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Alexandre Despatie calls himself a "peoples person."

But he met his match on June 30, when he was invited to a private barbecue in Ottawa, where he met Prince William and his wife, Catherine, Duchess of Cambridge - otherwise known as Will and Kate.

Despatie, 26, of Laval, Que., is diving royalty in Canada, having made headlines since he won a Commonwealth Games gold medal when he was only 13. But when he watched the young royal newlyweds navigate the crowd of about 130 people in the room - some athletes, some students, some fresh-faced young army cadets - he was struck by their laid-back, never-ending focus on meeting them all, two minutes here, two minutes there.

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"I've lived it on a much, much smaller scale," Despatie said. "Every once in a while, I meet people all day, and then it's a challenge to keep your focus on the one person you're talking to. But they give you their full attention, and they really listen to what you're saying and they are interested in what you have to say. And they are so kind and so nice. It was a special moment."

During their chat, Prince William told Despatie he was most likely going to all of the pool events at the London Olympics next year. Kate exclaimed she had always been afraid of diving, after having been pushed from a high board as a child.

"They are probably the most famous people in the world right now," Despatie said. "But they really give you the feeling that they are just people, really, and that to me, was fantastic."

With future heir to the British throne among the spectators, Despatie says it will make his fourth Olympics even more special. He has a princely record in the pool when royal eyes are watching. He won two Commonwealth Games gold medals when Prince Edward, the Earl of Wessex, was in the seats.

But first, Despatie has to get himself to the Olympics.

He missed the first qualifying event in mid-July - the world aquatics championships in Shanghai, China - because he was still rehabilitating his many ailments, chief among them at the moment: tendinitis in his left knee.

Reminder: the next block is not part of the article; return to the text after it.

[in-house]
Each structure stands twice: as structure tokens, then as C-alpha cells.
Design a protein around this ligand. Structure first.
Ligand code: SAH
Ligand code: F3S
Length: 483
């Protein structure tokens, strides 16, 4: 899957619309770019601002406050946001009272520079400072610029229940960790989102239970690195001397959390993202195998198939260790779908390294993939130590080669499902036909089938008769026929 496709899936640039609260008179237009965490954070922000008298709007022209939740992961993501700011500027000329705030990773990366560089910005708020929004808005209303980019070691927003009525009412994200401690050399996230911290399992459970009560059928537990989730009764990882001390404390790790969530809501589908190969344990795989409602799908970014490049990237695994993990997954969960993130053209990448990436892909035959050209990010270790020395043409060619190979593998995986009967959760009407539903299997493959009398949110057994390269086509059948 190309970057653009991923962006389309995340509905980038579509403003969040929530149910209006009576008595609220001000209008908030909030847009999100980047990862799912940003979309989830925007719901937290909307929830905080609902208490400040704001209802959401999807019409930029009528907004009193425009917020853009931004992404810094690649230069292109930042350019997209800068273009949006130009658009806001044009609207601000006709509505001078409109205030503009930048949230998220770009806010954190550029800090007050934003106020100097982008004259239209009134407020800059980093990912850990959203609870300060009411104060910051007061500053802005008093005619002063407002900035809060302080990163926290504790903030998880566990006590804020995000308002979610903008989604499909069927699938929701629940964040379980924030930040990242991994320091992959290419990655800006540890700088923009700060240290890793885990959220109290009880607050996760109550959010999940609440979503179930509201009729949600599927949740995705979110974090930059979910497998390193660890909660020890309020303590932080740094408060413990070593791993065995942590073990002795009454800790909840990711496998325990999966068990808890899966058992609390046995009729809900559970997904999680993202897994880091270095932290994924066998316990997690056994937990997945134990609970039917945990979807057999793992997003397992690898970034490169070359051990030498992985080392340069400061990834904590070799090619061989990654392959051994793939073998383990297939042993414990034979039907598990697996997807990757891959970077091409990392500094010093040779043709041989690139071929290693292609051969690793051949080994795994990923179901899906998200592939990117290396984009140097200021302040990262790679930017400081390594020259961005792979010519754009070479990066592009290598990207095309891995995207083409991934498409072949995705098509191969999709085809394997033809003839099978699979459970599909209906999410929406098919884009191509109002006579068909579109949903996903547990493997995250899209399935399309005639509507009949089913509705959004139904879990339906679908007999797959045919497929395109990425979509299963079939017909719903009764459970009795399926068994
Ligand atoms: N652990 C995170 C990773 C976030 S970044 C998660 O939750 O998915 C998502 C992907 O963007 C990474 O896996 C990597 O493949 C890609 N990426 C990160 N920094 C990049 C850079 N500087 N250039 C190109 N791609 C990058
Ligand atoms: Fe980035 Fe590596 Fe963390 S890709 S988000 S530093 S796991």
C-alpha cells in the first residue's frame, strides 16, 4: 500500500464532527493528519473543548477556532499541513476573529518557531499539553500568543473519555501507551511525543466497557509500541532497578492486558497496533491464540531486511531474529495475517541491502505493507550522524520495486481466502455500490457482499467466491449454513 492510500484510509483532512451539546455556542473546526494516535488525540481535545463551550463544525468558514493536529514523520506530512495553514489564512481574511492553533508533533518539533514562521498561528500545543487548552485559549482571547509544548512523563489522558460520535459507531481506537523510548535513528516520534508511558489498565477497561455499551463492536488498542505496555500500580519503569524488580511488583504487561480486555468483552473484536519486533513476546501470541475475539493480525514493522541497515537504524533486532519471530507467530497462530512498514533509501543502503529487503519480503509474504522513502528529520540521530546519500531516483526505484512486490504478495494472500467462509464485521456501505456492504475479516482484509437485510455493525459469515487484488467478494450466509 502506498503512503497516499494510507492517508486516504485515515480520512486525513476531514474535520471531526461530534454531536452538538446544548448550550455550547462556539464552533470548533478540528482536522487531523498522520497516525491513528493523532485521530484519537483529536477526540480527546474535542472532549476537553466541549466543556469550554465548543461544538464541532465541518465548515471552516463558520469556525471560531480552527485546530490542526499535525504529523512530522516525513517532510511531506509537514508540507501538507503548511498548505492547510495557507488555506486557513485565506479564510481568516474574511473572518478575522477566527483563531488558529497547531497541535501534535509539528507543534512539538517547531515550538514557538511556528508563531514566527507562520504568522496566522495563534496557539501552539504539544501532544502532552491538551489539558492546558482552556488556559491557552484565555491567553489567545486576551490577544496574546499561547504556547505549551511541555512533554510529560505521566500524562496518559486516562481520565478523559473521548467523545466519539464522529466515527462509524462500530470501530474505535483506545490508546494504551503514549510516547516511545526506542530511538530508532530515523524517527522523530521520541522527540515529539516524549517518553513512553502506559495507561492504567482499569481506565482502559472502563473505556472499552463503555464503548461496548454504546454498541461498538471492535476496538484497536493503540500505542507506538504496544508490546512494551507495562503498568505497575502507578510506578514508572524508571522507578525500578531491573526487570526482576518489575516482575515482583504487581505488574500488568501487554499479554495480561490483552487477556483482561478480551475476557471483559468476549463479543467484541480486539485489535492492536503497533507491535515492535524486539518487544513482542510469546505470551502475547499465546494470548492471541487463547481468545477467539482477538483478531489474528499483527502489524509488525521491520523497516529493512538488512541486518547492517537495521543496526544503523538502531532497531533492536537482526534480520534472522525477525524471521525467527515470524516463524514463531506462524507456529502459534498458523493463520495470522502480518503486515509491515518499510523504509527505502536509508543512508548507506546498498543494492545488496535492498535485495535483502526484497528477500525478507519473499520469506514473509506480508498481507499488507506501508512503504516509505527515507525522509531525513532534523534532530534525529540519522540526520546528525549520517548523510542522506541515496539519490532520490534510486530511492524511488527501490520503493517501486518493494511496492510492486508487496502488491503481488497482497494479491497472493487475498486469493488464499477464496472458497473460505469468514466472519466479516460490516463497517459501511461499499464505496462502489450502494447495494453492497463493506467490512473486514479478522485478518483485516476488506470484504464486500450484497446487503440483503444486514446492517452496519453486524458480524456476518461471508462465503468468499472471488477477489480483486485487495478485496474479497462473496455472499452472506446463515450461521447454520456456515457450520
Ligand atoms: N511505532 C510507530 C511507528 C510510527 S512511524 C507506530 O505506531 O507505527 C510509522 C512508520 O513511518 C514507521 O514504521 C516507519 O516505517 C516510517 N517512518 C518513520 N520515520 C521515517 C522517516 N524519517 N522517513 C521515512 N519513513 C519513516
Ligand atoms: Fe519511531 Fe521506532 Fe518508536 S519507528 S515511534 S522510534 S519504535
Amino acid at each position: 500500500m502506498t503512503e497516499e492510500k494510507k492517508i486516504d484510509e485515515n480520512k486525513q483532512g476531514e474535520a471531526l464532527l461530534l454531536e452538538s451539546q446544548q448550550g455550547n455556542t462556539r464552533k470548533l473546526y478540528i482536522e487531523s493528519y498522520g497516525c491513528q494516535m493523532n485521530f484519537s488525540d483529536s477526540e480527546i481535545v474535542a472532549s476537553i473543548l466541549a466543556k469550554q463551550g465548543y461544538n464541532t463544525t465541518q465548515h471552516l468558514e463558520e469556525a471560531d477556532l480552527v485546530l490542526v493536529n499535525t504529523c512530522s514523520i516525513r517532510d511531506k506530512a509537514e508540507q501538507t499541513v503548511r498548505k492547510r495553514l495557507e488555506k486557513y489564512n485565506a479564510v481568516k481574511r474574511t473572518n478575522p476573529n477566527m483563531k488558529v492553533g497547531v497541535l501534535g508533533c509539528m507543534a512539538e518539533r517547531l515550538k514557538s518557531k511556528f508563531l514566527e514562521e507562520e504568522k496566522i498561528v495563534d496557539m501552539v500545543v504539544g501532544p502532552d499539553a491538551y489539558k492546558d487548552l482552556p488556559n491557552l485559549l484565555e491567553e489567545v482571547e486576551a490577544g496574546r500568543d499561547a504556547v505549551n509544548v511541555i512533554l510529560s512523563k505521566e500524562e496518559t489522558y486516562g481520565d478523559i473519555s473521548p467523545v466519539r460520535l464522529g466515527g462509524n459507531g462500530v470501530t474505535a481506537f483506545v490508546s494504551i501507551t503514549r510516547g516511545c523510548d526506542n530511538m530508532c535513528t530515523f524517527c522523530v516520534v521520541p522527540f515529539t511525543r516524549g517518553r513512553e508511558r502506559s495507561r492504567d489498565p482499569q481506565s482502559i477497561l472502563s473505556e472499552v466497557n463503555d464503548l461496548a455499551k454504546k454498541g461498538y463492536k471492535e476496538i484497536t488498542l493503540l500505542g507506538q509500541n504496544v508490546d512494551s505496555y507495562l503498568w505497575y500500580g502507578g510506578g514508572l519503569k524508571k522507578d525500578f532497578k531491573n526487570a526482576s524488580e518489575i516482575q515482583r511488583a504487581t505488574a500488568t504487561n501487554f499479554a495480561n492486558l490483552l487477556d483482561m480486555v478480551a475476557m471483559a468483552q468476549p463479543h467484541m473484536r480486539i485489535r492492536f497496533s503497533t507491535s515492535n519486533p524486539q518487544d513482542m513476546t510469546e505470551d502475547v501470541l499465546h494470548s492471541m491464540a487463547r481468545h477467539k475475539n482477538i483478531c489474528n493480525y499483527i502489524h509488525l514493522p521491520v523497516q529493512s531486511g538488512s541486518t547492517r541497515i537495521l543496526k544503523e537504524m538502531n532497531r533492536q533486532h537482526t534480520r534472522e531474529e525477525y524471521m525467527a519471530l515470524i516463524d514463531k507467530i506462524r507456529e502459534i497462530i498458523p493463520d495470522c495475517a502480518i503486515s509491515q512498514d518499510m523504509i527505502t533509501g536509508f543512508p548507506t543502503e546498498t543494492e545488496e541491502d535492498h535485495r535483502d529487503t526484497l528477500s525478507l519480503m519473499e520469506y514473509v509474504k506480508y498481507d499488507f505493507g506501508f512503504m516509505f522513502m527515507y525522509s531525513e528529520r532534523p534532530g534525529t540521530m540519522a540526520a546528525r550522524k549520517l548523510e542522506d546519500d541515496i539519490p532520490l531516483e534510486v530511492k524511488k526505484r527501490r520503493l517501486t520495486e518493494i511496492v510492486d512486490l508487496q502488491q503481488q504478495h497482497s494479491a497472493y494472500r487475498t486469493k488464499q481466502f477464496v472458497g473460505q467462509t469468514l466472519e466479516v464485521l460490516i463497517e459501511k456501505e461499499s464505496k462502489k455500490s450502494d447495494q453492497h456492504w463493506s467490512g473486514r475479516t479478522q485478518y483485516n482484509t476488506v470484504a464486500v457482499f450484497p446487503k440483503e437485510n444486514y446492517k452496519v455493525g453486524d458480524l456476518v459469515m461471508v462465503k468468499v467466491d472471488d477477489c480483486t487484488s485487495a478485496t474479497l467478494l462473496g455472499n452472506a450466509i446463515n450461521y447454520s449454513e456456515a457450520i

It's an important knee. It's his hurdle leg, the one that takes the load to get him off the board. He's been diving for 21 years, doing the same things the same way countless times and all of the twists and thrusts have thrown his body off balance. He's had a tender back since he was 14. But it wasn't until last December, when his knee flared up that he realized he had to do something different.

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Working with the B2ten athlete funding and development group, Despatie found out that his left hip locked, causing a torque movement during his dives, which affects his back, knee and neck, says Mitch Geller, chief technical officer for Diving Canada.

Now, the diver is on an intense program to regain mobility and to realign his body, starting with simple exercises that eventually will become more specific. He won't be back in the water until September.

"I know for the first time in my life that I'm doing everything I can do so that, next year, there won't be any injuries," Despatie said.

He has two more ways to qualify for the 2012 Olympics: by winning the Pan American Games in Mexico in October, or finishing among the top 18 at a diving event in London in February.

Geller isn't worried that Despatie won't get a spot.

Despatie's Olympic voyage has never been smooth. At his first, at Sydney in 2000, he was only 15. He finished fourth, close on the heels of a bronze medal.

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He was the reigning world champion when he went to the 2004 Athens Games, but finished fourth in the tower event and second in the three-metre springboard. Even the silver medal wasn't easy to take, although it was the first Olympic medal won by a male Canadian diver.

"It was difficult for a while," Despatie admitted. "A certain part of Athens has not been fully resolved in my inside self. Athens was tough. But it's part of a journey."

Despatie was overjoyed to win a silver medal at the 2008 Beijing Games, after overcoming back problems and a broken bone in his foot.

With two silver medals in his cupboard, the Olympic gold is still missing from his résumé - and that's a big hole, considering he's the only diver to have won world titles on all three boards (one metre, three metres, 10-metre platform).

He's not going to London to finish second this time.

"I have a little over a year to get ready for London, and trust me, when I'm there, it will be to win, for sure," he said.

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